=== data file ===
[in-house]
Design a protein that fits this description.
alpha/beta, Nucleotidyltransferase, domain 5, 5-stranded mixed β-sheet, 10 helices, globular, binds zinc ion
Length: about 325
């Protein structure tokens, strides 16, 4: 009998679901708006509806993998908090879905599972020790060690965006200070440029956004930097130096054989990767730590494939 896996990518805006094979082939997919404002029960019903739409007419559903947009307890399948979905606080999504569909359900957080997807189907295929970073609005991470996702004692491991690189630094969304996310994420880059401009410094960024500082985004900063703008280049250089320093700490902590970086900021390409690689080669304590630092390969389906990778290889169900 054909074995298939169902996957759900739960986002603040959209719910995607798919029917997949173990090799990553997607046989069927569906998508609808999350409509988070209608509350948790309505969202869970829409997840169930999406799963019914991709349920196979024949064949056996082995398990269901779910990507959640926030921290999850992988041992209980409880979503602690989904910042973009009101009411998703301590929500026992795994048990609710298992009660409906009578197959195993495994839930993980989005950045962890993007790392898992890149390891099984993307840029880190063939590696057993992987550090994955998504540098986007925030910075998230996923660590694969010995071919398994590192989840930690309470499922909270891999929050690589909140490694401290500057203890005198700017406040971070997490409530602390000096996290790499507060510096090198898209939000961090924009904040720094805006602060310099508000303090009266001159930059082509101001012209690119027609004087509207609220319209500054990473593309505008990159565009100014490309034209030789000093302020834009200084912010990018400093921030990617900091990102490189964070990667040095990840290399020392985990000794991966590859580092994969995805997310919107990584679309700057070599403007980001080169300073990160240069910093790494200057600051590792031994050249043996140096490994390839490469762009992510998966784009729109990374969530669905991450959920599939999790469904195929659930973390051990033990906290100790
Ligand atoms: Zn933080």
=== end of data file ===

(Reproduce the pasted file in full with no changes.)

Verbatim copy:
[in-house]
Design a protein that fits this description.
alpha/beta, Nucleotidyltransferase, domain 5, 5-stranded mixed β-sheet, 10 helices, globular, binds zinc ion
Length: about 325
């Protein structure tokens, strides 16, 4: 009998679901708006509806993998908090879905599972020790060690965006200070440029956004930097130096054989990767730590494939 896996990518805006094979082939997919404002029960019903739409007419559903947009307890399948979905606080999504569909359900957080997807189907295929970073609005991470996702004692491991690189630094969304996310994420880059401009410094960024500082985004900063703008280049250089320093700490902590970086900021390409690689080669304590630092390969389906990778290889169900 054909074995298939169902996957759900739960986002603040959209719910995607798919029917997949173990090799990553997607046989069927569906998508609808999350409509988070209608509350948790309505969202869970829409997840169930999406799963019914991709349920196979024949064949056996082995398990269901779910990507959640926030921290999850992988041992209980409880979503602690989904910042973009009101009411998703301590929500026992795994048990609710298992009660409906009578197959195993495994839930993980989005950045962890993007790392898992890149390891099984993307840029880190063939590696057993992987550090994955998504540098986007925030910075998230996923660590694969010995071919398994590192989840930690309470499922909270891999929050690589909140490694401290500057203890005198700017406040971070997490409530602390000096996290790499507060510096090198898209939000961090924009904040720094805006602060310099508000303090009266001159930059082509101001012209690119027609004087509207609220319209500054990473593309505008990159565009100014490309034209030789000093302020834009200084912010990018400093921030990617900091990102490189964070990667040095990840290399020392985990000794991966590859580092994969995805997310919107990584679309700057070599403007980001080169300073990160240069910093790494200057600051590792031994050249043996140096490994390839490469762009992510998966784009729109990374969530669905991450959920599939999790469904195929659930973390051990033990906290100790
Ligand atoms: Zn933080």